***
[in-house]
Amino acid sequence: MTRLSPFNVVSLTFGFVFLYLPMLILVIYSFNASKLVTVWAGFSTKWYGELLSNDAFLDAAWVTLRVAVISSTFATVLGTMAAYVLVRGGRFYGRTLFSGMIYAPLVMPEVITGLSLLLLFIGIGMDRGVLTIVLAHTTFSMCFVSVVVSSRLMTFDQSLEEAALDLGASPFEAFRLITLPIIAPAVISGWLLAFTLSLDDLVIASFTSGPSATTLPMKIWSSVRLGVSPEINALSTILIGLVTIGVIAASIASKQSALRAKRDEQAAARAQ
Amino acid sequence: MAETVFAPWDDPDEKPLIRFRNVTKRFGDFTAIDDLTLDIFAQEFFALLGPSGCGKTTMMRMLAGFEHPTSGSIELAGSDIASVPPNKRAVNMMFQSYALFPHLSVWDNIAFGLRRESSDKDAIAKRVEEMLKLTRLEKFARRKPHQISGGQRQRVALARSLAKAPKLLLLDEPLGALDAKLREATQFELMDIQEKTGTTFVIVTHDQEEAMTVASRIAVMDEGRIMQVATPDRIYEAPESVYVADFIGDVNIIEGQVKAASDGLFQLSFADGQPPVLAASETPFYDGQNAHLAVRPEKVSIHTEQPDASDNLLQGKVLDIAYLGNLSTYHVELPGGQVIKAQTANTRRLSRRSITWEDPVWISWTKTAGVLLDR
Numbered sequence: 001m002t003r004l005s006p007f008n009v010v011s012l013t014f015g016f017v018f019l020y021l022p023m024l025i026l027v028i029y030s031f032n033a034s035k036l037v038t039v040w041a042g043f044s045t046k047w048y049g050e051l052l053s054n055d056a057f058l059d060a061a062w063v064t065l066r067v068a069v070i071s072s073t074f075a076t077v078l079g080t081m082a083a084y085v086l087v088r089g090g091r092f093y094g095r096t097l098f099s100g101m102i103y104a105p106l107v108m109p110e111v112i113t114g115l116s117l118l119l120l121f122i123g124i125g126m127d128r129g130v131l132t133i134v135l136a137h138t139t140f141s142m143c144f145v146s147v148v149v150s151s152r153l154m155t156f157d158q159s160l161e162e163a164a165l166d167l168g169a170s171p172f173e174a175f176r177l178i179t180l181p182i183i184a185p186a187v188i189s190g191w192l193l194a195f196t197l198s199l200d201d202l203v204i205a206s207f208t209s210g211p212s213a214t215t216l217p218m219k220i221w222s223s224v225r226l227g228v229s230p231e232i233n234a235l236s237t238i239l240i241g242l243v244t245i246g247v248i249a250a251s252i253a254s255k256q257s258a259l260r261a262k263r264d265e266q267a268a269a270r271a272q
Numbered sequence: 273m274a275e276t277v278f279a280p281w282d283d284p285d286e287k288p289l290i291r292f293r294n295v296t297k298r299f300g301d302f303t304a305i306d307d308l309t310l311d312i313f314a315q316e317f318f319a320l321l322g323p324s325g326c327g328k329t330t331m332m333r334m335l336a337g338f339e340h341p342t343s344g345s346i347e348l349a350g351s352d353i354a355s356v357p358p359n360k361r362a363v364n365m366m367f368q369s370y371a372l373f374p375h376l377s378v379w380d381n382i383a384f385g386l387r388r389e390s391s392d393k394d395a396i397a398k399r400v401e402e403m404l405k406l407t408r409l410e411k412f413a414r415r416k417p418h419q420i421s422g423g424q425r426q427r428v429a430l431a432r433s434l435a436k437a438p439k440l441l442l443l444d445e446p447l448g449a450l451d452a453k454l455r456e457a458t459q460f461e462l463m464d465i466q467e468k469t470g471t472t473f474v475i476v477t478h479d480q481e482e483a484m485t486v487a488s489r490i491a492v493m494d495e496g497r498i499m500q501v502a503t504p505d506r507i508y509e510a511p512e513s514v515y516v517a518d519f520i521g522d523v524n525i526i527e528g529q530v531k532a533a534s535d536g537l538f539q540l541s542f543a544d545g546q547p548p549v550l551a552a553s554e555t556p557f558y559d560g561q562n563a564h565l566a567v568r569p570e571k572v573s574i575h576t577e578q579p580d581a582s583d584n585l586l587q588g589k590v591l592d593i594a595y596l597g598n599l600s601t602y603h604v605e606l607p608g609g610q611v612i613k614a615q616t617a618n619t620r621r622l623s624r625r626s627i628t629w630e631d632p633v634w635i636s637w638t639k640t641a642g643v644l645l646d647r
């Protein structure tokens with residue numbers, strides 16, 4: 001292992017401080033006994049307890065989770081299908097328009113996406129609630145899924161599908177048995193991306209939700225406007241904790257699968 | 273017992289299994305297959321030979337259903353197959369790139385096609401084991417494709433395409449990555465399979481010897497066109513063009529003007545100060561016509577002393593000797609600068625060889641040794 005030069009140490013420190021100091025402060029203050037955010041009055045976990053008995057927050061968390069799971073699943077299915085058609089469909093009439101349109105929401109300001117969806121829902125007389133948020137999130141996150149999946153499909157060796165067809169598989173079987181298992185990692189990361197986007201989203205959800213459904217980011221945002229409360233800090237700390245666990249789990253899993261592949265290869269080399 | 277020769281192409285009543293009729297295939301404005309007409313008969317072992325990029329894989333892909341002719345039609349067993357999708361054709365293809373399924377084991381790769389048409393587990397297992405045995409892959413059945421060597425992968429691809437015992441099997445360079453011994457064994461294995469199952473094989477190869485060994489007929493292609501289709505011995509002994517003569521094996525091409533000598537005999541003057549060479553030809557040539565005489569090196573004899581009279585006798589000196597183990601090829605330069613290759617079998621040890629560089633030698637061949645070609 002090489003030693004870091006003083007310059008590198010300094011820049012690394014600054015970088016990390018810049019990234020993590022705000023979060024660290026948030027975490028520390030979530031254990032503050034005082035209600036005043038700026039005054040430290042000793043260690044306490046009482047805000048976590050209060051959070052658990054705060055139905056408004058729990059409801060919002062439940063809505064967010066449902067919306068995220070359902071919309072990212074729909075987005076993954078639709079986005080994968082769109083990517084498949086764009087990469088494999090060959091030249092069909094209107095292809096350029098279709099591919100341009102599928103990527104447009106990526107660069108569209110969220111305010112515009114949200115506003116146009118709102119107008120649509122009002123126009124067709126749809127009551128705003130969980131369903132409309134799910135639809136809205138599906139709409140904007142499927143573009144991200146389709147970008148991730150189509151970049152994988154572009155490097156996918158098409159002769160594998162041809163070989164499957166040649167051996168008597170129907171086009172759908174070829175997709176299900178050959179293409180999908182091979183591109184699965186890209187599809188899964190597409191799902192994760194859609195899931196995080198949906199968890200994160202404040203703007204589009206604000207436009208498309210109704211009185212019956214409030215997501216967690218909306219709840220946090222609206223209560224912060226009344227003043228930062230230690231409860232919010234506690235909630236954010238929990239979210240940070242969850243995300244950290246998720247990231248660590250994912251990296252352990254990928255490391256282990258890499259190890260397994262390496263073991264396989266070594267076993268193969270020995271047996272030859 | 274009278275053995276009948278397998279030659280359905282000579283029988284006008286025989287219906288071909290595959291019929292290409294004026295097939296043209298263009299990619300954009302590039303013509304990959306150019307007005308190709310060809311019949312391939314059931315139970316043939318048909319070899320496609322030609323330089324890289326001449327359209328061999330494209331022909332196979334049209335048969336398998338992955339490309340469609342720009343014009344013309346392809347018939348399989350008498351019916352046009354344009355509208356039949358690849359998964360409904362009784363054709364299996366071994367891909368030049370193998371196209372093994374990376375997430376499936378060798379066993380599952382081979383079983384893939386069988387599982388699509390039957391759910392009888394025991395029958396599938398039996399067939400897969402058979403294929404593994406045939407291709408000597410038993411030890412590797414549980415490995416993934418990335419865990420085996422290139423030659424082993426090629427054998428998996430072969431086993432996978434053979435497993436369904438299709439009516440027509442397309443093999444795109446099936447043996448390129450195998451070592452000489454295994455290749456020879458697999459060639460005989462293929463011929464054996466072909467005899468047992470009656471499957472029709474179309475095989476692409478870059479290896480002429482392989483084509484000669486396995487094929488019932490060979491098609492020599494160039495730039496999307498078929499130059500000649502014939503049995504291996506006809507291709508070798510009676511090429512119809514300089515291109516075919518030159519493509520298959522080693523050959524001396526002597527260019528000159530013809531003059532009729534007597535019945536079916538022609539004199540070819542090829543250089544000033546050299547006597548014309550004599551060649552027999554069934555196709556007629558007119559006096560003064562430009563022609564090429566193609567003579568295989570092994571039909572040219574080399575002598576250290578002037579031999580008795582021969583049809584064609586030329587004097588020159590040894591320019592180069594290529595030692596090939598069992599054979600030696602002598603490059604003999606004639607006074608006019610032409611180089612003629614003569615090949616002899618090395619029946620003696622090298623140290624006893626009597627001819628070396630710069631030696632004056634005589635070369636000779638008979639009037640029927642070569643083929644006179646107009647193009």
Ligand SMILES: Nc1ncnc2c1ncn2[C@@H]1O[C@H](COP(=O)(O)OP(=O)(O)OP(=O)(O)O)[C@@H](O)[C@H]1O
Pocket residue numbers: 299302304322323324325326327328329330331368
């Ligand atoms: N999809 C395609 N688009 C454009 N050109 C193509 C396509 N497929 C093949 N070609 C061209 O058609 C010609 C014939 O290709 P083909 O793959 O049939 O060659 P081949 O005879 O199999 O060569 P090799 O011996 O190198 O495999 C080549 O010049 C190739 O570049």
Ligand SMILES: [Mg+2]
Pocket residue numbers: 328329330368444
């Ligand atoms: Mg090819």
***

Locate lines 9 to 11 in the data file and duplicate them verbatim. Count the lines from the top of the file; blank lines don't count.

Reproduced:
């Ligand atoms: N999809 C395609 N688009 C454009 N050109 C193509 C396509 N497929 C093949 N070609 C061209 O058609 C010609 C014939 O290709 P083909 O793959 O049939 O060659 P081949 O005879 O199999 O060569 P090799 O011996 O190198 O495999 C080549 O010049 C190739 O570049």
Ligand SMILES: [Mg+2]
Pocket residue numbers: 328329330368444